Comics A.M. | Comic-Con Buys 3 Buildings in San Diego

Conventions | IRS filings show that San Diego Comic Convention, the nonprofit that operates Comic-Con International and WonderCon, bought two office buildings and a warehouse in the Barrio Logan neighborhood of San Diego last year. The price tag for the real estate was $6.3 million, and the SDCC board approved the creation of Barriohaus, LLC, to own the property. SDCC is staying mum for now: "It is part of a potential future business operation that is not appropriate for disclosure at this time," the organization said in a statement. "Also, there are tenants currently occupying the building and we prefer they not be bothered." [Los Angeles Times]

Conventions | Silicon Valley Comic Con, which was conceived by Apple co-founder Steve Wozniak, is going overseas with a new convention, the first-ever Tokyo Comic Con. [Crunchyroll]

Comics | Shan Wang produces a fascinating and multifaceted report, with plenty of images, about comics creators doing journalism — or, if you prefer, journalists using the comics medium. The piece includes interviews with Kevin Necessary, Susie Cagle, Jen Sorensen and others, as well as a discussion of the unique advantages of comics as a journalistic medium and how the comics reach the audience. [Nieman Journalism Lab]

Creators | Nobody conducts manga interviews like Deb Aoki, who does her homework and has a knack for getting creators to open up. Her latest is a wide-ranging talk with Tsutomu Nihei, creator of "Knights of Sidonia," "Biomega" and "Blame!" Nihei was in San Diego to promote "Blame!," which was originally released by Tokyopop and is being published by Vertical Comics in an oversized deluxe format; an anime is in the works for next year as well. [Anime News Network]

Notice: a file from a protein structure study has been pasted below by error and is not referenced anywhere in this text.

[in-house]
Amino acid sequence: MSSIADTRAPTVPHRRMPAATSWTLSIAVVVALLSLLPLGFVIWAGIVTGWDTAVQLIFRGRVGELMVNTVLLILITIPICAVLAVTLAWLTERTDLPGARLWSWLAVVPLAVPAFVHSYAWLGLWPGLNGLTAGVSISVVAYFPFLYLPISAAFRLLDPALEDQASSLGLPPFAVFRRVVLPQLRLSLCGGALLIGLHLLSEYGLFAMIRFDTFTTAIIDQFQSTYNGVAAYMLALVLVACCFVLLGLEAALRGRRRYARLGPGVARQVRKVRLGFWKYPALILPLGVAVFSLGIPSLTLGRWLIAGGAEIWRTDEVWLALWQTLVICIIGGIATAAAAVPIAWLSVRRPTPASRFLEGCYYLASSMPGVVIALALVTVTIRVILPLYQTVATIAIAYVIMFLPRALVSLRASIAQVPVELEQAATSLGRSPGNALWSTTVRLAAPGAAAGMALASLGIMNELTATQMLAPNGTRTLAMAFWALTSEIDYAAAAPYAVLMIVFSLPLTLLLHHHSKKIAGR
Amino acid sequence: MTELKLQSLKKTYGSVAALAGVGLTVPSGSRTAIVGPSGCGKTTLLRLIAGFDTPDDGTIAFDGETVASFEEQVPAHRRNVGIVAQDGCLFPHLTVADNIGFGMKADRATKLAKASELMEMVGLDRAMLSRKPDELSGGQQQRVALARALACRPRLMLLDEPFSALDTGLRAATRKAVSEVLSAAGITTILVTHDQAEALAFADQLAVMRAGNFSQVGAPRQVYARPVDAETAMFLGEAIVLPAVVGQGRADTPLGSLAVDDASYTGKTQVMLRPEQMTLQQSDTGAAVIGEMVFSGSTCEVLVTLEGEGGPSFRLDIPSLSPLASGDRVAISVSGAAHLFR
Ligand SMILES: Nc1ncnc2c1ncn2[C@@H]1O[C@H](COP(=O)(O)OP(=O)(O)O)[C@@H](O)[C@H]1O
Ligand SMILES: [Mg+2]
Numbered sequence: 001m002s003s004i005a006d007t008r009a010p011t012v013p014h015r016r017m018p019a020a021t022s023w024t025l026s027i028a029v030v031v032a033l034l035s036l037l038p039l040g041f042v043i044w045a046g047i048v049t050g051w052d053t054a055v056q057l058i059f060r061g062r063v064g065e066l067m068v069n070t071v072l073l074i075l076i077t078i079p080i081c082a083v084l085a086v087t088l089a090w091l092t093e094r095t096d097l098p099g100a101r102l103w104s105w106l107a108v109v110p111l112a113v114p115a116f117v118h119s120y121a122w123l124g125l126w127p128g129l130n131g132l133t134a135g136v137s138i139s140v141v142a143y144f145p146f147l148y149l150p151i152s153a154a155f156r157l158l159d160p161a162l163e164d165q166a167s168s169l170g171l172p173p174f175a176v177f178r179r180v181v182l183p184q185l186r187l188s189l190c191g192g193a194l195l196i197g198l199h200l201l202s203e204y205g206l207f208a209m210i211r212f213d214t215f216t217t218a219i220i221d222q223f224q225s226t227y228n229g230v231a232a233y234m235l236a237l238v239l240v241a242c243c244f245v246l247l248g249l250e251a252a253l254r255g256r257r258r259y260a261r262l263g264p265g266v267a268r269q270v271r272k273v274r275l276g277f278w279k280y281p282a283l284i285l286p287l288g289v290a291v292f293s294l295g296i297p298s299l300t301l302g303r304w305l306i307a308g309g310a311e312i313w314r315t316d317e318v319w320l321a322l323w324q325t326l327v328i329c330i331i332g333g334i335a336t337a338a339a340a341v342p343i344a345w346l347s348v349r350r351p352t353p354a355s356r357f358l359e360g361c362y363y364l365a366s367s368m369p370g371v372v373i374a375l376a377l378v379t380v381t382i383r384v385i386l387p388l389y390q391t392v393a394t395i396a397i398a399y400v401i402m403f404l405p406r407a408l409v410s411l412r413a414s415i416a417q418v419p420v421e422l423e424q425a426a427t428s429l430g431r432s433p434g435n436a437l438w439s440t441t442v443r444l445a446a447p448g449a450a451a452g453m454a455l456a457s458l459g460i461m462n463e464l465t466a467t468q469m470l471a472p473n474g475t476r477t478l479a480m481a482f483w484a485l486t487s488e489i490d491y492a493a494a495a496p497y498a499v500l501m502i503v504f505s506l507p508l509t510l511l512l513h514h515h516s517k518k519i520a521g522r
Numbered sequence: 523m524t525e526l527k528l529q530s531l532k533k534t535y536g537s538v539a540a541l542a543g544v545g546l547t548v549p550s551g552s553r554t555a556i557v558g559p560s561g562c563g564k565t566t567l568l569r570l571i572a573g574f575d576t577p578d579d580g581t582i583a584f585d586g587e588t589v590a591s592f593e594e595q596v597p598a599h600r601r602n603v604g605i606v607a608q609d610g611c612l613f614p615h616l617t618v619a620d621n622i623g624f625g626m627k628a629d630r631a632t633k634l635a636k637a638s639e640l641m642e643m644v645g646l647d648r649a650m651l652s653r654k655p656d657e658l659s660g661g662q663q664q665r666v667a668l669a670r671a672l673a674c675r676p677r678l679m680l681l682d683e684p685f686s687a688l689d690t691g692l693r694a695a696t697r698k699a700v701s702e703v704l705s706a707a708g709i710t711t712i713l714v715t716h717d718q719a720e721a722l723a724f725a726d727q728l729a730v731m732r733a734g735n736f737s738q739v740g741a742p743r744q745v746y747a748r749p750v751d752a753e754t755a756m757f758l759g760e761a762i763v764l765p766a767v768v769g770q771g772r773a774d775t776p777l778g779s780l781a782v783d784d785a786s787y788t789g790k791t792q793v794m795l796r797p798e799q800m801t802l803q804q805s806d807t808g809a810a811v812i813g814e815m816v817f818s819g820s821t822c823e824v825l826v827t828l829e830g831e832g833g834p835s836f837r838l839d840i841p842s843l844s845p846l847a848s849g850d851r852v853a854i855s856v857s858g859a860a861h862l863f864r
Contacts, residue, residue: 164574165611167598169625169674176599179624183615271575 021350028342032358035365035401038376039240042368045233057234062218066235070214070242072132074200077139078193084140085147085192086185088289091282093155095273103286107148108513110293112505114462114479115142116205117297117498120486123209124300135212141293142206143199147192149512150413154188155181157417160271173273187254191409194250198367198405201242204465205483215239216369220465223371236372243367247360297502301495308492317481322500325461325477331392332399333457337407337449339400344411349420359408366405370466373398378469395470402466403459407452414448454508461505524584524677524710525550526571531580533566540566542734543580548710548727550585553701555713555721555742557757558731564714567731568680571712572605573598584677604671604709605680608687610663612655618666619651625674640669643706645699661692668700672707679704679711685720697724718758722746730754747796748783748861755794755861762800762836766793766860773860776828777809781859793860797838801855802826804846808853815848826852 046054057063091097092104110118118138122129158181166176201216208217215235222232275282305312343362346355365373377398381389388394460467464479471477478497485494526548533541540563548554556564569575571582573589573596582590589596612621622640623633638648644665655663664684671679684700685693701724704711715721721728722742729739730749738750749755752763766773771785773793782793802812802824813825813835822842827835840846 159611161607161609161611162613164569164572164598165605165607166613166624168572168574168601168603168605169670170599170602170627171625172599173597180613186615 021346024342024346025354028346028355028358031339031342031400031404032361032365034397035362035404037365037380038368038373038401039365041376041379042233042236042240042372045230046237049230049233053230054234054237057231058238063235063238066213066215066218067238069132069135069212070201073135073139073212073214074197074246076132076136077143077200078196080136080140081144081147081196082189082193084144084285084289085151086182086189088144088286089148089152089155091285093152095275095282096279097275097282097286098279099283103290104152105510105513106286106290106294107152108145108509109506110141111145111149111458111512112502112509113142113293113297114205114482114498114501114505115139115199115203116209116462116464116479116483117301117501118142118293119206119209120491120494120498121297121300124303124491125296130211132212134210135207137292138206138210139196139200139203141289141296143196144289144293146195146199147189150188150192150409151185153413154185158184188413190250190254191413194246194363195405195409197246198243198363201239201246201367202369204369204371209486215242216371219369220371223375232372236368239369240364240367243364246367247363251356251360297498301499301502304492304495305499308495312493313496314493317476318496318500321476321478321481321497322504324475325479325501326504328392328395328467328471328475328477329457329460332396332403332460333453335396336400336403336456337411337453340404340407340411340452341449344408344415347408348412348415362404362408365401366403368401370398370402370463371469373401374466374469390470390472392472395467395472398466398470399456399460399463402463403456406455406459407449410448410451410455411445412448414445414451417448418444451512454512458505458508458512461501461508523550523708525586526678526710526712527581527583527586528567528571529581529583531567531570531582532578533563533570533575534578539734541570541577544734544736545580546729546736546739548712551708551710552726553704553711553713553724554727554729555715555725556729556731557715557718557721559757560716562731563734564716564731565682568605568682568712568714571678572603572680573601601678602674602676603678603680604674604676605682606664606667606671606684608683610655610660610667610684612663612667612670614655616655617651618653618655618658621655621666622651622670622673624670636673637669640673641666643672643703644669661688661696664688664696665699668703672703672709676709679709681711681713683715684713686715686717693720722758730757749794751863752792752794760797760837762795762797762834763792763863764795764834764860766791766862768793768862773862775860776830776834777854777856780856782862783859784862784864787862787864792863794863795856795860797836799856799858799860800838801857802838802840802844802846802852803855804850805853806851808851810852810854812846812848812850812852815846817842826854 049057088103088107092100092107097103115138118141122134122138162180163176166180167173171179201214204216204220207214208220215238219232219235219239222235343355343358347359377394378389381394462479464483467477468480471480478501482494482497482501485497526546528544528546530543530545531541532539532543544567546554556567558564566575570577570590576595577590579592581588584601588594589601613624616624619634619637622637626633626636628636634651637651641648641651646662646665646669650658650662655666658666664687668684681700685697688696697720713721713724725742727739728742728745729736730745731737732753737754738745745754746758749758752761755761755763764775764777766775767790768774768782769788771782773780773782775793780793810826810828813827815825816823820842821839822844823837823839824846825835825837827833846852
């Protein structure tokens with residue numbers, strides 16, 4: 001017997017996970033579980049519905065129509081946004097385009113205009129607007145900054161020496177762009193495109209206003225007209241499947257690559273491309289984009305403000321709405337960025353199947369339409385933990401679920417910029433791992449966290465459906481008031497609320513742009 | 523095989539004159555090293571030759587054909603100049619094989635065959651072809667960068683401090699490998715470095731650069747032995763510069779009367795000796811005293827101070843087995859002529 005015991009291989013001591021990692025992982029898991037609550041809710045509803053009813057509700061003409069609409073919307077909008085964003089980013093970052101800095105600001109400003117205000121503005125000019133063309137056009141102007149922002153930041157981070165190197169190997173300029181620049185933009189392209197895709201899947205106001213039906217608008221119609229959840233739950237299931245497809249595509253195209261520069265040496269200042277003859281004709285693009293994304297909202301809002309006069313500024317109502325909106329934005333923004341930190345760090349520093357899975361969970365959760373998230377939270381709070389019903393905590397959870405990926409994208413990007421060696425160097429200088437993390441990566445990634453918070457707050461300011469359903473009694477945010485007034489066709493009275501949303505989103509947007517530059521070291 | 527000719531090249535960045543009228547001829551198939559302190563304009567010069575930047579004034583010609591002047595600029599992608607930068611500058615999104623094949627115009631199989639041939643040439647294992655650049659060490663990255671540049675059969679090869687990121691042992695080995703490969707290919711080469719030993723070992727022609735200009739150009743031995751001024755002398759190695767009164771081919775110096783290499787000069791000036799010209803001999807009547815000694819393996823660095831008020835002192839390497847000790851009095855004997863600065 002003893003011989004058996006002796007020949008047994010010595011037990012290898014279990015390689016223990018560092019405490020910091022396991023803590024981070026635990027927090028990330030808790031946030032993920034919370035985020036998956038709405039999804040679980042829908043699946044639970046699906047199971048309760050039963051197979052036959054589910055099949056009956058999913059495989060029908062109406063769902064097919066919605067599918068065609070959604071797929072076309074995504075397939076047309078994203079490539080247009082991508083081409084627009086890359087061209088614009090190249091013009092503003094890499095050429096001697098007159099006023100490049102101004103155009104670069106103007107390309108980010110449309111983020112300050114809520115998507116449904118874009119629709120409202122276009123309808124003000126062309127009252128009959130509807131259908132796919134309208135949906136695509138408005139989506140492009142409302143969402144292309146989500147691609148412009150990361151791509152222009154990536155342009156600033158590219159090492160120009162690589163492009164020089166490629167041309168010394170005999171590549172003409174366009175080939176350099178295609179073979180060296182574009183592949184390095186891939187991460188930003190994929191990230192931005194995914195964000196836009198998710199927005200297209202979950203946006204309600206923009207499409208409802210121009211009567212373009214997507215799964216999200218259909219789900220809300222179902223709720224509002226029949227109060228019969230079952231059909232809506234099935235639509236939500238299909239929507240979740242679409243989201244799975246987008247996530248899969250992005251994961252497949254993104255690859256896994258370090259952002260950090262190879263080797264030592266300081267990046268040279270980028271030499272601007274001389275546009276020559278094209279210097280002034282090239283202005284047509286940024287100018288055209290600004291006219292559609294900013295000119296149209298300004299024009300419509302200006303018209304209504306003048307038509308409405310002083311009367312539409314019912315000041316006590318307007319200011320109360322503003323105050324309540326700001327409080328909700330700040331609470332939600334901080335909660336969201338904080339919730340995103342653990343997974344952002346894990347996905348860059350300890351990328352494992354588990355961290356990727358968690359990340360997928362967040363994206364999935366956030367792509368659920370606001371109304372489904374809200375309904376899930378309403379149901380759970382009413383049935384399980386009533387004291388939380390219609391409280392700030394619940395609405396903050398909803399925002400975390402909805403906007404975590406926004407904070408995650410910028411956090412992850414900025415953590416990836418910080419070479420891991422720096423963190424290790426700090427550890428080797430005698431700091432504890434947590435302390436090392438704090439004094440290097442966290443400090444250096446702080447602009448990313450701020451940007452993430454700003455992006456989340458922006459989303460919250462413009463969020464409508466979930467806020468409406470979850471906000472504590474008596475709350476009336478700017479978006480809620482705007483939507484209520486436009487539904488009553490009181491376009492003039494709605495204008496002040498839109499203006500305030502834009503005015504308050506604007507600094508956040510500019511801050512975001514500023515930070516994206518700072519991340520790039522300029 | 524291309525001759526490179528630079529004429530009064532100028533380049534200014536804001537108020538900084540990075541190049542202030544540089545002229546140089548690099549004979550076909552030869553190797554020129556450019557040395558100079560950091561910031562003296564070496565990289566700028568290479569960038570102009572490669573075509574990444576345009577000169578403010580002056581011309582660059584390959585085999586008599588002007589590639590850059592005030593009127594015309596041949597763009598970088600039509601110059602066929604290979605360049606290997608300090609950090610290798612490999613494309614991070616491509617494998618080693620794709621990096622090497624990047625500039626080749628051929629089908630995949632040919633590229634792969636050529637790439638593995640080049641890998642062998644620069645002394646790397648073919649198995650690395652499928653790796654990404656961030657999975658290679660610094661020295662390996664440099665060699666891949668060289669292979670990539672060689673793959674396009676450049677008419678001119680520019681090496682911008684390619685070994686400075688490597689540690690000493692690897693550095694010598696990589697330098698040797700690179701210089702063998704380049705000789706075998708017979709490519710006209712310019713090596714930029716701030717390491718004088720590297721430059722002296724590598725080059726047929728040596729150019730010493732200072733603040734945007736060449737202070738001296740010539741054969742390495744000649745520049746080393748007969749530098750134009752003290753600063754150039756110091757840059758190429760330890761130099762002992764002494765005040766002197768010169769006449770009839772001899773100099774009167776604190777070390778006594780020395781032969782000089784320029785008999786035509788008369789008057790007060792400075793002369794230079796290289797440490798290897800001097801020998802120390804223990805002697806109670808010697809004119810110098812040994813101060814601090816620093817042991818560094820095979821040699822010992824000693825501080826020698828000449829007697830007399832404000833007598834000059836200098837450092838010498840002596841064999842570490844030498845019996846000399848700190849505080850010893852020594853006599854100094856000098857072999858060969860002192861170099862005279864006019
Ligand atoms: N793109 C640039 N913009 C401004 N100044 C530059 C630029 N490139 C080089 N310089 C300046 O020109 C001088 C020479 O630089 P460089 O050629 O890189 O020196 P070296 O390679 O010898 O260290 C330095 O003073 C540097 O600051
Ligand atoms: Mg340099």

Creators | Cartoonist and writer Paul Karasik discusses his preferred drawing tools and shows off his work space (it's a closet). [A Case for Pencils]

Digital comics | For those new to the medium, Stephen R. Clark has a nice introduction to digital comics, including a discussion of tablets and several different comics platforms. [GeekDad]

Analysis | Dr. Neil Cohn uses science to defend a much-maligned comics page layout, by having actual people read pages laid out in different ways and tracking how they do it. [The Visual Linguist]

Academia | Kate Tanski convenes a roundtable on teaching "Bitch Planet" in various contexts, from prison to graduate school. [Women Write About Comics]

Retailing | Ariell Johnson, owner of Amalgam Comics and Coffeehouse in Philadelphia, talks about her business, which opened last year: "I want to be very proactive and conscious to make sure we are carrying diverse titles. The smaller stuff, the independent stuff, the more diverse stuff that you really have to look for and I think it's worth it. Seeing people representative of you can be important in your development and your self esteem." Johnson is the first black woman to open a comic shop on the East Coast. [CNN Money]

Retailing | Full Service Comics is a comic shop for those who don't have time to go to the comic shop: They take customers' orders, get the comics from Diamond, and deliver them to the customer. There's no brick-and-mortar store yet, but founder Keith Finch says he hopes to have one eventually. [Nooga.com]

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